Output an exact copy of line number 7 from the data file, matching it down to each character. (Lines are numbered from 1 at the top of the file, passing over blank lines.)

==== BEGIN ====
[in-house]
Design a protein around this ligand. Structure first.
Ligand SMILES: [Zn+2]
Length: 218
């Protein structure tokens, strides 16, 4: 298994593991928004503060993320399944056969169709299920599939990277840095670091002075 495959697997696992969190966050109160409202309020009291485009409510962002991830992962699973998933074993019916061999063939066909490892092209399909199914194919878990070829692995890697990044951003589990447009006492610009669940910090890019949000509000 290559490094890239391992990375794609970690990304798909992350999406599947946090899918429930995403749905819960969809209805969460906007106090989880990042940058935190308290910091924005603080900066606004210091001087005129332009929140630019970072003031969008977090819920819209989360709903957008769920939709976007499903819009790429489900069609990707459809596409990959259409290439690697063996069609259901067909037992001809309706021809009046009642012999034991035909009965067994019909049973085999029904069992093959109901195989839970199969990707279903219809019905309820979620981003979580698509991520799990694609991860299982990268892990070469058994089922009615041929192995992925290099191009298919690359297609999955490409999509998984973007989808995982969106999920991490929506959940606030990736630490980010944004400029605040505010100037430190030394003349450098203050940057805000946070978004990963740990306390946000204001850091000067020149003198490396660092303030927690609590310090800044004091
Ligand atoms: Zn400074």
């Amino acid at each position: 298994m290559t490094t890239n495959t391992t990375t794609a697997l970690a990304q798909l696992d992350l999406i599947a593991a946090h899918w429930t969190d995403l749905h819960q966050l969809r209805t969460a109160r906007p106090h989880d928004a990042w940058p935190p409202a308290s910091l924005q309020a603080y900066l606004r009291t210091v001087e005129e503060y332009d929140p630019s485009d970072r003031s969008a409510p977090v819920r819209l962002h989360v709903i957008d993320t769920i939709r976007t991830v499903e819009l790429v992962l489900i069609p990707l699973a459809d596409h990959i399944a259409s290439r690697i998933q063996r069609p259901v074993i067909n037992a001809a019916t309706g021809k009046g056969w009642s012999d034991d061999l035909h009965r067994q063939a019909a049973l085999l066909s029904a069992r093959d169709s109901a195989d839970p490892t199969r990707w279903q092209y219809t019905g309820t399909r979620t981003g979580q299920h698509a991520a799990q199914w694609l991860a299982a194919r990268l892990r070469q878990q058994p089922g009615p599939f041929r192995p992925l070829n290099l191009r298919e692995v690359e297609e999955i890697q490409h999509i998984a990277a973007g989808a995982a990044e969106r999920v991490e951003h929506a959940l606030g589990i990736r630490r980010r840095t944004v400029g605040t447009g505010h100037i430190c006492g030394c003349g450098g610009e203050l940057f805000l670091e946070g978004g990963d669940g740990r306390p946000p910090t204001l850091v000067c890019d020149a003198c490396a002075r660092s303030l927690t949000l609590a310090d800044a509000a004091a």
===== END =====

């Amino acid at each position: 298994m290559t490094t890239n495959t391992t990375t794609a697997l970690a990304q798909l696992d992350l999406i599947a593991a946090h899918w429930t969190d995403l749905h819960q966050l969809r209805t969460a109160r906007p106090h989880d928004a990042w940058p935190p409202a308290s910091l924005q309020a603080y900066l606004r009291t210091v001087e005129e503060y332009d929140p630019s485009d970072r003031s969008a409510p977090v819920r819209l962002h989360v709903i957008d993320t769920i939709r976007t991830v499903e819009l790429v992962l489900i069609p990707l699973a459809d596409h990959i399944a259409s290439r690697i998933q063996r069609p259901v074993i067909n037992a001809a019916t309706g021809k009046g056969w009642s012999d034991d061999l035909h009965r067994q063939a019909a049973l085999l066909s029904a069992r093959d169709s109901a195989d839970p490892t199969r990707w279903q092209y219809t019905g309820t399909r979620t981003g979580q299920h698509a991520a799990q199914w694609l991860a299982a194919r990268l892990r070469q878990q058994p089922g009615p599939f041929r192995p992925l070829n290099l191009r298919e692995v690359e297609e999955i890697q490409h999509i998984a990277a973007g989808a995982a990044e969106r999920v991490e951003h929506a959940l606030g589990i990736r630490r980010r840095t944004v400029g605040t447009g505010h100037i430190c006492g030394c003349g450098g610009e203050l940057f805000l670091e946070g978004g990963d669940g740990r306390p946000p910090t204001l850091v000067c890019d020149a003198c490396a002075r660092s303030l927690t949000l609590a310090d800044a509000a004091a």